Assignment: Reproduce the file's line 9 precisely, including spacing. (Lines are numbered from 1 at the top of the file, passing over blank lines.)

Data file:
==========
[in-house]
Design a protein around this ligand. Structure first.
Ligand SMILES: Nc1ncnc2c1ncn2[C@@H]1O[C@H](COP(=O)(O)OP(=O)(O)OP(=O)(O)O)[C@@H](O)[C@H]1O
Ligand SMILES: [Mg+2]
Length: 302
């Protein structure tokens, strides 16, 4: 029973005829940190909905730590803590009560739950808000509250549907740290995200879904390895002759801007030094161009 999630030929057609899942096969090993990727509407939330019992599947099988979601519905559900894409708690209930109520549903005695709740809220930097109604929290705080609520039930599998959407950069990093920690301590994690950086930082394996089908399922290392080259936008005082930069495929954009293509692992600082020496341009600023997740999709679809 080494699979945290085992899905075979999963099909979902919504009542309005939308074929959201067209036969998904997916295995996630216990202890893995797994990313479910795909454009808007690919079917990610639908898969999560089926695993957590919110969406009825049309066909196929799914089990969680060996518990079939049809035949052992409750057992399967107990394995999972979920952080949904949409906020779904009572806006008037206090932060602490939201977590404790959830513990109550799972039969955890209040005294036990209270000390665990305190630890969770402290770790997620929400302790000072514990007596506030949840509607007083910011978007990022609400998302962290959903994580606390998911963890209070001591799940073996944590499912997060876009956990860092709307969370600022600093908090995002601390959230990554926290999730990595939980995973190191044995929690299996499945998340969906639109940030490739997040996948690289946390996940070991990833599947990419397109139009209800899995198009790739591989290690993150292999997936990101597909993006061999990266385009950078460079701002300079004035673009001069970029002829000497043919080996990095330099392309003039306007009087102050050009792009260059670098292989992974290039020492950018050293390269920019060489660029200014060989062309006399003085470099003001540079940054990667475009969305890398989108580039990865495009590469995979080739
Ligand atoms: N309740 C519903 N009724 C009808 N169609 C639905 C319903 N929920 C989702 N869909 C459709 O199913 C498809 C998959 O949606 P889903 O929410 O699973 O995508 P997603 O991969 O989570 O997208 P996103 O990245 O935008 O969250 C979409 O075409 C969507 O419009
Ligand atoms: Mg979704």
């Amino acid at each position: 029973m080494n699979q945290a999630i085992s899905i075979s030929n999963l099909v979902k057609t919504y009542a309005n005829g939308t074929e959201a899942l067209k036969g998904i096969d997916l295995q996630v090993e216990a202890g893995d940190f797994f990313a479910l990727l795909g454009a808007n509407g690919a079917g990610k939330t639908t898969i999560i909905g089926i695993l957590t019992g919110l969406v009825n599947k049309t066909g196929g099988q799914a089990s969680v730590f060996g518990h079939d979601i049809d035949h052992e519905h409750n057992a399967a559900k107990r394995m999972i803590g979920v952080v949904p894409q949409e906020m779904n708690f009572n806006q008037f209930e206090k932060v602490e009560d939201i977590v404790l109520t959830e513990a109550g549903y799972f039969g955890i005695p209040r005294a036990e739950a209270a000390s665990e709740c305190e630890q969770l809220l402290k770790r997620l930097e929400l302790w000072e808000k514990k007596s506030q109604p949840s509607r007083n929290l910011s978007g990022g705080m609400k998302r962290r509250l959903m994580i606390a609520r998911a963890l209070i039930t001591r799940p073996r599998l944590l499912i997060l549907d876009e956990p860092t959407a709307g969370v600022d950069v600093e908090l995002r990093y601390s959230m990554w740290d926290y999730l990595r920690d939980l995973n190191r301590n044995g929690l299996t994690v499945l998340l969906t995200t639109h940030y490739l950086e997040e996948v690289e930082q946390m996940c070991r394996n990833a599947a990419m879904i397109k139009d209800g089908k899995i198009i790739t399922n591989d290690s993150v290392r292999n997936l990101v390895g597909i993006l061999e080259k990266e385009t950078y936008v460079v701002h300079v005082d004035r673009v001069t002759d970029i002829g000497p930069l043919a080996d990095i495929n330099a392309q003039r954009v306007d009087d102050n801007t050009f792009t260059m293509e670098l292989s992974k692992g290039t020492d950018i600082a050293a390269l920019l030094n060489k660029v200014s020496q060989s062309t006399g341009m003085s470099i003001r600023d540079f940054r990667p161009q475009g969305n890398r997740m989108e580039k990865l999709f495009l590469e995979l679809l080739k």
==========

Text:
């Amino acid at each position: 029973m080494n699979q945290a999630i085992s899905i075979s030929n999963l099909v979902k057609t919504y009542a309005n005829g939308t074929e959201a899942l067209k036969g998904i096969d997916l295995q996630v090993e216990a202890g893995d940190f797994f990313a479910l990727l795909g454009a808007n509407g690919a079917g990610k939330t639908t898969i999560i909905g089926i695993l957590t019992g919110l969406v009825n599947k049309t066909g196929g099988q799914a089990s969680v730590f060996g518990h079939d979601i049809d035949h052992e519905h409750n057992a399967a559900k107990r394995m999972i803590g979920v952080v949904p894409q949409e906020m779904n708690f009572n806006q008037f209930e206090k932060v602490e009560d939201i977590v404790l109520t959830e513990a109550g549903y799972f039969g955890i005695p209040r005294a036990e739950a209270a000390s665990e709740c305190e630890q969770l809220l402290k770790r997620l930097e929400l302790w000072e808000k514990k007596s506030q109604p949840s509607r007083n929290l910011s978007g990022g705080m609400k998302r962290r509250l959903m994580i606390a609520r998911a963890l209070i039930t001591r799940p073996r599998l944590l499912i997060l549907d876009e956990p860092t959407a709307g969370v600022d950069v600093e908090l995002r990093y601390s959230m990554w740290d926290y999730l990595r920690d939980l995973n190191r301590n044995g929690l299996t994690v499945l998340l969906t995200t639109h940030y490739l950086e997040e996948v690289e930082q946390m996940c070991r394996n990833a599947a990419m879904i397109k139009d209800g089908k899995i198009i790739t399922n591989d290690s993150v290392r292999n997936l990101v390895g597909i993006l061999e080259k990266e385009t950078y936008v460079v701002h300079v005082d004035r673009v001069t002759d970029i002829g000497p930069l043919a080996d990095i495929n330099a392309q003039r954009v306007d009087d102050n801007t050009f792009t260059m293509e670098l292989s992974k692992g290039t020492d950018i600082a050293a390269l920019l030094n060489k660029v200014s020496q060989s062309t006399g341009m003085s470099i003001r600023d540079f940054r990667p161009q475009g969305n890398r997740m989108e580039k990865l999709f495009l590469e995979l679809l080739k």